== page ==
When most people imagine the IRS, the first thing that comes to mind is the prototypical big, bad government bureaucracy. The IRS is the kind of institution that sets rules and never loses. That is why when the IRS comes calling, most people do what they can to comply and get out of the way. Challenging the IRS seldom ends well and, as a result, is not commonly done. Thankfully, some people are willing to run the risk of getting on the wrong side of the IRS. That’s what happened recently with a small business owner from Buffalo, NY who fought the IRS and, to the surprise of many, won.

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Charlotte Criminal Lawyer Brad Smith answers the question: “What should parents tell their children to do when interacting with police officers?”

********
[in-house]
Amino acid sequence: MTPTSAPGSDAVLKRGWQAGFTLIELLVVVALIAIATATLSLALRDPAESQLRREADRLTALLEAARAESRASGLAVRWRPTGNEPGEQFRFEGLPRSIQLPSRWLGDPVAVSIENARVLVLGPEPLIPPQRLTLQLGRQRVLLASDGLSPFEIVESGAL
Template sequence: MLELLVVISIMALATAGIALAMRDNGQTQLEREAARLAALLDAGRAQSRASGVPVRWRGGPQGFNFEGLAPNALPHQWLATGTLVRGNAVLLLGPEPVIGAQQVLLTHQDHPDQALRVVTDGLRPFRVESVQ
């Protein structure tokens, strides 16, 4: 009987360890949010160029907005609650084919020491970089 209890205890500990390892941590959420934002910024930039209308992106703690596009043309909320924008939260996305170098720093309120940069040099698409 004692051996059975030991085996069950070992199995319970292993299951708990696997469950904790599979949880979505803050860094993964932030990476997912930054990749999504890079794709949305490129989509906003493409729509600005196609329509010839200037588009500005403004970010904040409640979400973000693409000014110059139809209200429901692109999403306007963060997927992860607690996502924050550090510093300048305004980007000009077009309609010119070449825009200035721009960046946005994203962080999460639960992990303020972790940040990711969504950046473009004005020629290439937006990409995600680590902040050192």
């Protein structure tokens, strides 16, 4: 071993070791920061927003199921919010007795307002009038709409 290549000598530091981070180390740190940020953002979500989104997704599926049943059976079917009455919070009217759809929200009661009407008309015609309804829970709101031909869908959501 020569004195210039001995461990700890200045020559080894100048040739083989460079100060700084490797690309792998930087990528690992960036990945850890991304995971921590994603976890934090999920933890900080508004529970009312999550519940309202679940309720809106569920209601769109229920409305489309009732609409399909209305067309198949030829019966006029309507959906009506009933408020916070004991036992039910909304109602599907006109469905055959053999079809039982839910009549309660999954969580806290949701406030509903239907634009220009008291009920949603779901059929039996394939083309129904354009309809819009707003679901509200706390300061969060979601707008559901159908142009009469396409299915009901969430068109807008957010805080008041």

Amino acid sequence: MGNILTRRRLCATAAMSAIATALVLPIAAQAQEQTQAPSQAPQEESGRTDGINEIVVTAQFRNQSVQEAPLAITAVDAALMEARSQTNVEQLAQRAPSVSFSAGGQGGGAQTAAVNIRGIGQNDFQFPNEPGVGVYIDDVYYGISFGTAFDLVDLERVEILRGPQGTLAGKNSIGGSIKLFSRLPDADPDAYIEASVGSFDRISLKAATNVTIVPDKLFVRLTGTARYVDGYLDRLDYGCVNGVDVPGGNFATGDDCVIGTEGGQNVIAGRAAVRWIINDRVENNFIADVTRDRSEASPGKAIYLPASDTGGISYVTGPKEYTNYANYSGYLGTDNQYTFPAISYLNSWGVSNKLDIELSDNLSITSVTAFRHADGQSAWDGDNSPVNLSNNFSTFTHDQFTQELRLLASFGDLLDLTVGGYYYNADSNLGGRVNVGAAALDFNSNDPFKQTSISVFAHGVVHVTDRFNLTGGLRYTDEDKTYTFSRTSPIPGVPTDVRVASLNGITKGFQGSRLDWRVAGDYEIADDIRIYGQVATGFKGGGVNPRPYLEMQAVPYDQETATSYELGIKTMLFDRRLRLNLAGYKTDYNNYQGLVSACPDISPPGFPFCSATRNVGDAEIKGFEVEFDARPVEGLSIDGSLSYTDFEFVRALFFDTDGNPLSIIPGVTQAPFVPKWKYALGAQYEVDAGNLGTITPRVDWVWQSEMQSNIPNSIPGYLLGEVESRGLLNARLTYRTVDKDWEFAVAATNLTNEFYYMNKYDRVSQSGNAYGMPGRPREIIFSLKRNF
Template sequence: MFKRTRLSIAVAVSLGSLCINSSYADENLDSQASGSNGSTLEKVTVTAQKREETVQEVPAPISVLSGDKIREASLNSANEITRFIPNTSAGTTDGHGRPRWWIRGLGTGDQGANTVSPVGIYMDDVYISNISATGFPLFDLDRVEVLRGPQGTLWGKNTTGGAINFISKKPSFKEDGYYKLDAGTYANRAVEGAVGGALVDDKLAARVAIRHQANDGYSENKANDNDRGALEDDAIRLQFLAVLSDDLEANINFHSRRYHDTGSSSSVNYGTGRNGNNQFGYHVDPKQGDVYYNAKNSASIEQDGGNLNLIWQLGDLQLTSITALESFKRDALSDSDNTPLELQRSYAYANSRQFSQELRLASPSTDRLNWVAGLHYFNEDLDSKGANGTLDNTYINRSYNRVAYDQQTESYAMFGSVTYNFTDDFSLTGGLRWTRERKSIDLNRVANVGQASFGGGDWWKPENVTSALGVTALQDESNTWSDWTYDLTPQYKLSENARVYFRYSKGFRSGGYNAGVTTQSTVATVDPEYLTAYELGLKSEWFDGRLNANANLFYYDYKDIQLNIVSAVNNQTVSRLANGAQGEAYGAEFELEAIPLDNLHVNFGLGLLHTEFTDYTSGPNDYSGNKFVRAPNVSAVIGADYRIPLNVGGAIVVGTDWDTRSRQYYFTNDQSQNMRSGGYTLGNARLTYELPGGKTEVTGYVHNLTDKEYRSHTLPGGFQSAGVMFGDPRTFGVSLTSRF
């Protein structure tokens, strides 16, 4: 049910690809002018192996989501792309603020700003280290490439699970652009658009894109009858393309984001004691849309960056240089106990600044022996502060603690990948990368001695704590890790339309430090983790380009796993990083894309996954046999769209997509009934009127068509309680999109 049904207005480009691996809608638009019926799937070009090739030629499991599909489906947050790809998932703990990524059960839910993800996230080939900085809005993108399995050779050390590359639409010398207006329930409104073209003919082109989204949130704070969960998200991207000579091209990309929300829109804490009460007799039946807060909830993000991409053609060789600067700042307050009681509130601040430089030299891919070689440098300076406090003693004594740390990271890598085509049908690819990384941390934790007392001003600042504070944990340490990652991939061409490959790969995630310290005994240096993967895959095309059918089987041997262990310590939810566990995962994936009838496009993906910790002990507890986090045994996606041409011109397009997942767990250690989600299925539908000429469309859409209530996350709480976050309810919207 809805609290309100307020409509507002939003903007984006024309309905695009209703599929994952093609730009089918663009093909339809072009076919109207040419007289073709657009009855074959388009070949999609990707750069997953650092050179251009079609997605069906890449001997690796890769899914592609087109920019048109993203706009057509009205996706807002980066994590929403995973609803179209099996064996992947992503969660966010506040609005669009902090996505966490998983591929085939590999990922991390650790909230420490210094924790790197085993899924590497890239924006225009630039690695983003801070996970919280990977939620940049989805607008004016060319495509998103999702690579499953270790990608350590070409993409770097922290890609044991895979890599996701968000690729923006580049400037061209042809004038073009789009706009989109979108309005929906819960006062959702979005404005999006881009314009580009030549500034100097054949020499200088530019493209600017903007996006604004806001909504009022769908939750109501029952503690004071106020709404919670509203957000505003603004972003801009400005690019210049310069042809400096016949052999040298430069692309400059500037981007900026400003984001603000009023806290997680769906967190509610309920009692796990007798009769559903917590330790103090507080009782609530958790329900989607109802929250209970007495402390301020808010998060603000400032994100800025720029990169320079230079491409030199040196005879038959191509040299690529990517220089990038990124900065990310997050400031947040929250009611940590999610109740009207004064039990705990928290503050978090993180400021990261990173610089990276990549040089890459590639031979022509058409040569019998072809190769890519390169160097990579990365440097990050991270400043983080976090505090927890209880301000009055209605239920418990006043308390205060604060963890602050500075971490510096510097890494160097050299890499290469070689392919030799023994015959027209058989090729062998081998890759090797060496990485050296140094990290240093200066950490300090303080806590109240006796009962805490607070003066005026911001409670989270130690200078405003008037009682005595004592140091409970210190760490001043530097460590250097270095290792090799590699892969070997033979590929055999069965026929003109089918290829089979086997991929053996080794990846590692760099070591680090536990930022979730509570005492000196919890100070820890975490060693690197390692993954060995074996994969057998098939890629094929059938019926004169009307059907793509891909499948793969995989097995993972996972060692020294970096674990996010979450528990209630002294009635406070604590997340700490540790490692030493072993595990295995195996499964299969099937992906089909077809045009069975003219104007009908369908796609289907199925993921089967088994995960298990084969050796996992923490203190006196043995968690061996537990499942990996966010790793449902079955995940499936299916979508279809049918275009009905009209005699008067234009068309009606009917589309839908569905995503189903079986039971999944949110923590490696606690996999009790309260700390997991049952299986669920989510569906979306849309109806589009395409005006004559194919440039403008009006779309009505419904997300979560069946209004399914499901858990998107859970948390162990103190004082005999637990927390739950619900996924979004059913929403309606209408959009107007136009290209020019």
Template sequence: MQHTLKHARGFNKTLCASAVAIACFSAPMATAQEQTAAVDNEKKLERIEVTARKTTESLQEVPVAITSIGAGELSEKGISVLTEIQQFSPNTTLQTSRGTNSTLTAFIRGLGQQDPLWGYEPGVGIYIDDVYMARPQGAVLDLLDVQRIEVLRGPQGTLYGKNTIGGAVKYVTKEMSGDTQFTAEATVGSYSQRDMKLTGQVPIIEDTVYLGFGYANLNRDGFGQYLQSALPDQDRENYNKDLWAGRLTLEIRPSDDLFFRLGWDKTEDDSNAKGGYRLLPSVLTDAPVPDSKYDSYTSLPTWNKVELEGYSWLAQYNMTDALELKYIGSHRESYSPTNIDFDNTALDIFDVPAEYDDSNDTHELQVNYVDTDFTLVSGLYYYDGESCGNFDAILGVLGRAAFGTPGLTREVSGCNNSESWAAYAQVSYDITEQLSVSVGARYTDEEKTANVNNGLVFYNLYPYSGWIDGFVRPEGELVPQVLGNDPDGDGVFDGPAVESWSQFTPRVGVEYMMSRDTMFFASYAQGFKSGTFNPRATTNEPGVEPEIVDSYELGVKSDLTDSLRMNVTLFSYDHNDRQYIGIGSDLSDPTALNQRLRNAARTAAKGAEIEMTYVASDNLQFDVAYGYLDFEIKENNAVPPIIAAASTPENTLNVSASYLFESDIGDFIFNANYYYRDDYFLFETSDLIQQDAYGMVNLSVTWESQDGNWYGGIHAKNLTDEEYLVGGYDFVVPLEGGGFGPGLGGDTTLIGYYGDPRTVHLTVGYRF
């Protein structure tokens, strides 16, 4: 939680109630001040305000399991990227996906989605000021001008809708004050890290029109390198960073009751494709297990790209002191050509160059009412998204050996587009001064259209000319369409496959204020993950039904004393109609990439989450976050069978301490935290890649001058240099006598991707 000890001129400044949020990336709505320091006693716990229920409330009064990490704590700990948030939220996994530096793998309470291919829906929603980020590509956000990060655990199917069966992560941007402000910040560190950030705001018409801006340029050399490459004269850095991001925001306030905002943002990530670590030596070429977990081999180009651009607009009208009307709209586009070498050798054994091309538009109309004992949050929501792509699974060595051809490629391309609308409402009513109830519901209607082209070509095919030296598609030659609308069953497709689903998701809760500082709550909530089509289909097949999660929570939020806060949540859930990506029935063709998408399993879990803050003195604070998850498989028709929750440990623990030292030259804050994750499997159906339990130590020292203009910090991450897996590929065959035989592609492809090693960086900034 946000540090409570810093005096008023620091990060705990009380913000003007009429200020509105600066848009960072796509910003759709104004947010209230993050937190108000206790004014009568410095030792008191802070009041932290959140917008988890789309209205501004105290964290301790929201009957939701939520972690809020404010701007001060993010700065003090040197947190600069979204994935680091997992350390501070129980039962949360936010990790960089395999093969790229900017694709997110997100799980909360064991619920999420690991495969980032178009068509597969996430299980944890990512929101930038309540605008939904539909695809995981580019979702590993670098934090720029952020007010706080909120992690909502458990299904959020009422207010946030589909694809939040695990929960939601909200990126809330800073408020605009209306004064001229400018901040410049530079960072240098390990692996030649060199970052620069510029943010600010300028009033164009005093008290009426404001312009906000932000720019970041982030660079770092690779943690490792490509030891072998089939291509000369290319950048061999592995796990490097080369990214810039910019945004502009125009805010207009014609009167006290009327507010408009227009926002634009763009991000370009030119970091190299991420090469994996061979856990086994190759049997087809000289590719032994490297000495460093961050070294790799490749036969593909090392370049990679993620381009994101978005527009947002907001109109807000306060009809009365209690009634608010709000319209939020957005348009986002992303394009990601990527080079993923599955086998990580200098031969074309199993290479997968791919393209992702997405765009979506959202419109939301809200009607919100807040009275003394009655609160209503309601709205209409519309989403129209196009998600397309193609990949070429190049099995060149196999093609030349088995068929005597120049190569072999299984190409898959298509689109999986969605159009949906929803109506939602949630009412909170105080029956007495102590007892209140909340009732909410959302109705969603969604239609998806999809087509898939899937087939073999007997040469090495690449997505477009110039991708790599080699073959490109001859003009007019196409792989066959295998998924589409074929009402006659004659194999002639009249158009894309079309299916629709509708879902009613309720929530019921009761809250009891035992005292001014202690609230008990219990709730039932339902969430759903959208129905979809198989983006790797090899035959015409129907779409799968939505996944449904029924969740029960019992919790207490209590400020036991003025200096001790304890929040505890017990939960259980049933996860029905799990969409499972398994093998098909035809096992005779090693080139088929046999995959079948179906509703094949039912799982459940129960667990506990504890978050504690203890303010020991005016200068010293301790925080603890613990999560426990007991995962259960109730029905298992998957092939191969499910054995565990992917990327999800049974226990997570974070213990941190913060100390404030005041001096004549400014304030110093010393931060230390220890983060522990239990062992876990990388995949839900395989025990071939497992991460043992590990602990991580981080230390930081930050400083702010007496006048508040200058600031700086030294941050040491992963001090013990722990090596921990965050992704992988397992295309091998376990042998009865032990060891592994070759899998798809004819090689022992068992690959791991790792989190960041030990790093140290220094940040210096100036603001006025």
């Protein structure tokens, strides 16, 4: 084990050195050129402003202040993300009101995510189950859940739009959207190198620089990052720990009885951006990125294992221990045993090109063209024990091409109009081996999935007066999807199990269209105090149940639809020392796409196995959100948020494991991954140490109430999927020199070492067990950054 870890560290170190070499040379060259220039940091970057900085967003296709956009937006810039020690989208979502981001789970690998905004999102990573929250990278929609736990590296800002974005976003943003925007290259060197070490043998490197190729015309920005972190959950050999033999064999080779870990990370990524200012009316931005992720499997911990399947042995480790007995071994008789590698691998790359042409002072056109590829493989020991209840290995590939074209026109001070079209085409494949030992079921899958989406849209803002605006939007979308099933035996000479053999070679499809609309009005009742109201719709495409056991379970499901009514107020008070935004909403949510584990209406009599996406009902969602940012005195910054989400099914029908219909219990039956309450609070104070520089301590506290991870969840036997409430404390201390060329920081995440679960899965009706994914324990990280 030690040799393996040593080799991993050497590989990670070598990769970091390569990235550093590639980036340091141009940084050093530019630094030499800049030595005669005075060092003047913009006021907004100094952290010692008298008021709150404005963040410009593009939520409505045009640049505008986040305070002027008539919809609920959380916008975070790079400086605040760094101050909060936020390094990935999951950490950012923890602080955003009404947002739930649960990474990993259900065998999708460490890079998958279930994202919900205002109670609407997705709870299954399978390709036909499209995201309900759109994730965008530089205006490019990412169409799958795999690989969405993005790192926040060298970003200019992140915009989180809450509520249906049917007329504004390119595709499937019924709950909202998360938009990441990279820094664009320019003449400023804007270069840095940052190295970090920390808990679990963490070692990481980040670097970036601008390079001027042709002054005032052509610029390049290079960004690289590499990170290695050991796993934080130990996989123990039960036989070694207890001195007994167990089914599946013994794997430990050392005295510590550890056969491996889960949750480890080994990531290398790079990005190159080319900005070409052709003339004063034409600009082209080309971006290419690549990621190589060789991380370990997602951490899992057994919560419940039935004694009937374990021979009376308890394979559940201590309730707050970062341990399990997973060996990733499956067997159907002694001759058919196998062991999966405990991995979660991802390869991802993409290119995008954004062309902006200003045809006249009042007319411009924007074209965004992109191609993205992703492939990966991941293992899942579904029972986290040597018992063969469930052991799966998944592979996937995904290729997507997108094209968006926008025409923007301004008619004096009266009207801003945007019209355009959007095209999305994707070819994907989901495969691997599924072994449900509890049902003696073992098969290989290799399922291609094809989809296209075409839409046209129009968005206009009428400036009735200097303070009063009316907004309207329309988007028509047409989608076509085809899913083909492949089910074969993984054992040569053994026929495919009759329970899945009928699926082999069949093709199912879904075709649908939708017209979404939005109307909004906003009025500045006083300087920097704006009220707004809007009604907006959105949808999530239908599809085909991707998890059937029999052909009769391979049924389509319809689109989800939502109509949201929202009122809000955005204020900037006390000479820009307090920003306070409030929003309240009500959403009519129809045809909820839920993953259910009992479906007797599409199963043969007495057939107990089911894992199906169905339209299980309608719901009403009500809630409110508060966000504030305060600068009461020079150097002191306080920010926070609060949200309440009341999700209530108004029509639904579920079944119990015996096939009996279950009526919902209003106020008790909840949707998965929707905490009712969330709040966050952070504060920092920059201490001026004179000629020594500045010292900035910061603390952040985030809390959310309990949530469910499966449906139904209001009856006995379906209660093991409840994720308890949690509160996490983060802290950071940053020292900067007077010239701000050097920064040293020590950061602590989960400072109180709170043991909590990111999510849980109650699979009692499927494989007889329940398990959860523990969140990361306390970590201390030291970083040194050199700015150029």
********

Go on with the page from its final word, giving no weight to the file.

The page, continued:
It may come as a surprise to some that the right to bond, or at least the right to a hearing to determine if bond will be granted, is not a right afforded equally and to everyone. In a recent decision by the U.S. Supreme Court, it is now clear that the right to periodic bond hearings does not exist for many immigrants, even ones with permanent legal status or those seeking asylum. In practice, this means that certain categories of immigrants could be held for months, years, even indefinitely, without a right to petition a judge for bond.

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Charlotte Criminal Lawyer Brad Smith answers the question: “What are the long term effects of being convicted of a crime?”